As I watched the US team run around pointlessly for 90+ minutes against Germany last week, a strange thing happened to me. Being a “red-blooded American,” I had sincerely hoped for a miracle allowing us to somehow defeat the German ubermenschs. But a little more than halfway through, a disconcerting feeling came over me. As it became increasingly clear that this US team would never be a serious contender for the cup—lacking the skill, grace and crispness of a world-class team—I had a sudden shift in perspective, and I began interpreting plays from the point of view of a German fan. I felt equal frustration when the German attackers would make a poor pass, or sailed a rocket over the crossbar, as when the US did. And I literally felt my worldview, my allegiance, my-self being divided in two.
My family has been American for generations, but my ancestry is about 50% German. This, combined with an unhealthily intense love of German philosophy, has caused me to take pride in this association. Germany—to say the least—has had a complicated history, which makes this relationship a bit strained at times, but one I’ve chosen, nonetheless. Yet despite my benighted hope for the US moving beyond the round of 16 finally being dissolved, it felt unsettling to me how easily I betrayed my loyalty; how fluid and weak was my attachment to my real homeland.
Despite all my philosophic posturing of being above the shifting sands of our shiftless times—I, apparently, was no better. I was a banal Benedict Arnold, yet believed myself to be a Francis Scott Key, holding faith that the flag still flew amongst the smoldering ruins. Images of my German-descended, American grandfather fighting in WWII flashed through my mind. I pictured him helping to destroy the very lands that had forged his ancestral blood because they threatened to destroy the entire world. And then I saw myself, drinking a Belgian-style microbrew at a bar at one in the afternoon on a Thursday, ready to give up the ghost simply because my countrymen had a 90 minute lapse in imagination and couldn’t even put together a shot on goal.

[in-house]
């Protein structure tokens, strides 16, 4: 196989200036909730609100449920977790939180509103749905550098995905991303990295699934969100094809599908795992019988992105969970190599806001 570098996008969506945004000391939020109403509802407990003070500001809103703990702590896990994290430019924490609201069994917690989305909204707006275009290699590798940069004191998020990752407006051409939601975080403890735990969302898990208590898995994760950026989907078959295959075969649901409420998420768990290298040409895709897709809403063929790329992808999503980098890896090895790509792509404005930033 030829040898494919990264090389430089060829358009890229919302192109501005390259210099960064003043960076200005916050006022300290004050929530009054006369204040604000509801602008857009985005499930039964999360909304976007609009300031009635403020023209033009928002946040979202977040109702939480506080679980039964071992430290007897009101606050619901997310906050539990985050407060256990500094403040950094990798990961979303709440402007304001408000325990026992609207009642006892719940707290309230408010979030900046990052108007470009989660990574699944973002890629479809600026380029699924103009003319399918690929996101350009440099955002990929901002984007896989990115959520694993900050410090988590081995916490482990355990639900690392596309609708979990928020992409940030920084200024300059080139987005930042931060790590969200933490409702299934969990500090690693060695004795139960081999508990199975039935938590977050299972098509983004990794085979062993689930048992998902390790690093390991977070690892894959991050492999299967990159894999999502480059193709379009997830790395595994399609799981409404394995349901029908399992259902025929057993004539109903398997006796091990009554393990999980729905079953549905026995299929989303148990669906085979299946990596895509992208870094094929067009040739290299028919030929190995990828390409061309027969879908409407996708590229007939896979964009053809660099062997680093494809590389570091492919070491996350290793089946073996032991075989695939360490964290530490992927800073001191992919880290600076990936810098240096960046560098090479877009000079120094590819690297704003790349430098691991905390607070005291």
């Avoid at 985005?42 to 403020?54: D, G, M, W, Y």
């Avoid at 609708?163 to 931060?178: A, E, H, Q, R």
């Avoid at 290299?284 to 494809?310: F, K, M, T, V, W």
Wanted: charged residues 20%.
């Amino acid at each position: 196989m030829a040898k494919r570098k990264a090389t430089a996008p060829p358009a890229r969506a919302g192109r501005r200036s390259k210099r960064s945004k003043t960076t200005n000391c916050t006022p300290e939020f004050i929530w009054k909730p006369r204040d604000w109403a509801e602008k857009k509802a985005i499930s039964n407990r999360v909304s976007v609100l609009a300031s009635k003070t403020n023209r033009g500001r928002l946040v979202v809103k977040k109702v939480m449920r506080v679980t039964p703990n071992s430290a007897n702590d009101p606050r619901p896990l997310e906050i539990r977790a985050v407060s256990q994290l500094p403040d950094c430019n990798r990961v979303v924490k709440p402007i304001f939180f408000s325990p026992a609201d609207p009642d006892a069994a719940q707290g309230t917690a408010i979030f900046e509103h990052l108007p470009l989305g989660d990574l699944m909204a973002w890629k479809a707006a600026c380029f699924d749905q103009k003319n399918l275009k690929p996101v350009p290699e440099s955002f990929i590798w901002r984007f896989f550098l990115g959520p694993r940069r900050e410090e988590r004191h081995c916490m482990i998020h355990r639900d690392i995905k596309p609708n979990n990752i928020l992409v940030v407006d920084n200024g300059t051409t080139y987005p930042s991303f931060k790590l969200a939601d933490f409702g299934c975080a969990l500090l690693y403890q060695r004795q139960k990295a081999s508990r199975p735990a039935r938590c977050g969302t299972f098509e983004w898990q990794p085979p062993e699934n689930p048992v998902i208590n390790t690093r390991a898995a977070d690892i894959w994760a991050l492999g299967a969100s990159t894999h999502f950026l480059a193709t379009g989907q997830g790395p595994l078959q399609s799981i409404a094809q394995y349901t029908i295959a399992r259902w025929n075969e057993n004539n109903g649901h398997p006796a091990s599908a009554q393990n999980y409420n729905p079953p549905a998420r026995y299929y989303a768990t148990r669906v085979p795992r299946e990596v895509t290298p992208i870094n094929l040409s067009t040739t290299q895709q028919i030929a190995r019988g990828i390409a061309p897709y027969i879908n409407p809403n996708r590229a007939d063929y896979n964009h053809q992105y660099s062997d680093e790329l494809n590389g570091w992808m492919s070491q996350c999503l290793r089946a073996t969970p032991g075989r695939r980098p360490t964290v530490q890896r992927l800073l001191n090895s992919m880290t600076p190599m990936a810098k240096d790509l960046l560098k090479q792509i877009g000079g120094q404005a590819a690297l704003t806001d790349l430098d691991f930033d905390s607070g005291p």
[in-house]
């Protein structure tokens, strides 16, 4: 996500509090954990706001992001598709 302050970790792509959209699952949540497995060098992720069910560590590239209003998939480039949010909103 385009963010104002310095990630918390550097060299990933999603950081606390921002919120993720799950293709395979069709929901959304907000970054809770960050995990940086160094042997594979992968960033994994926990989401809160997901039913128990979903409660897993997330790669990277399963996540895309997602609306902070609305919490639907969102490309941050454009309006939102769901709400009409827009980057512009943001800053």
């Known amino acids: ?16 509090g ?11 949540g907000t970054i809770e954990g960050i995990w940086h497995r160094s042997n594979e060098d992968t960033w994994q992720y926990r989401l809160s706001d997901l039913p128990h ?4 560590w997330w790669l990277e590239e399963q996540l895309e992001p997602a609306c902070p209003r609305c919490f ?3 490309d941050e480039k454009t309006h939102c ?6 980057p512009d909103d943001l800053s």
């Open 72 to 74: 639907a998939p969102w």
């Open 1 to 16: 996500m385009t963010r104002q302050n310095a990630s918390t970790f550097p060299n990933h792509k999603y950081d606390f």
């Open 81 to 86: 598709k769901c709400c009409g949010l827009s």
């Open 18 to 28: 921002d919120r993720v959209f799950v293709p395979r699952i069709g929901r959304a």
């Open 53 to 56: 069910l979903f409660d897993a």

This is the ultimate sign of privilege: the right to choose one’s loyalties. No longer determined by lineage, or the soil that feeds us, we now choose our fidelity based on self-interest and calculation and place bets on the assured winner to revel in unearned victory.
I sat in a bar in Rouen, France recently chatting with a new group of friends I had acquired for the evening. Suddenly it dawned on me that it was April 20th, and made an ironic comment about it being Hitler’s birthday. It was met with faces of stone-cold seriousness and curses against the German nation. To me, Hitler was nothing more than a boogeyman, a strawman used to make over-wrought invectives against one’s political “enemies.” But in France, a country brutalized by this devil-made-flesh, even 70 years later, it remained an open-wound in which I had just thrown salt. A few days later, as I walked through row after row of 9,387 identical white crosses at the American military cemetery in Normandy, I finally understood their perspective. Yet, how quickly this lesson was erased, as I watched the German national team run circles around us in front of the entire world.
America is a nation of immigrants, the pinnacle of the modern dream, but now devolves into the grotesque of postmodern perspectivity. Our ancestors fought and died for our right to choose, for our freedom, yet we’ve now turned our backs on them. It wasn’t till I started studying history that I truly began to love my country. I grew up with the now all-too-common perception that the US is a monster, a unique aberration in the history of humanity. Until I was able to place our actions in context, and see that, like with all things, you must take the good with the bad, I’d thought pride was a completely unjustifiable feeling for my homeland. The right to choose is a just and powerful thing, but so often, it we use as an excuse to not face reality.
Like the German people today who must overcome the demons of their past, we too must find a way to move beyond ours, and not let history be deterministic. Our newly gained right-to-perspectivity can help us accomplish this. But at the same time, I fear that we too often utilize it as a means to forget or distort the past—in order to overcome it simply through ignorance. We owe it to our ancestors who made this privileged position possible to honor their memory, to treat them like the fallible human beings they were, and to realize the fallible human beings we remain. We mustn’t let this Perspectivism destroy who we are.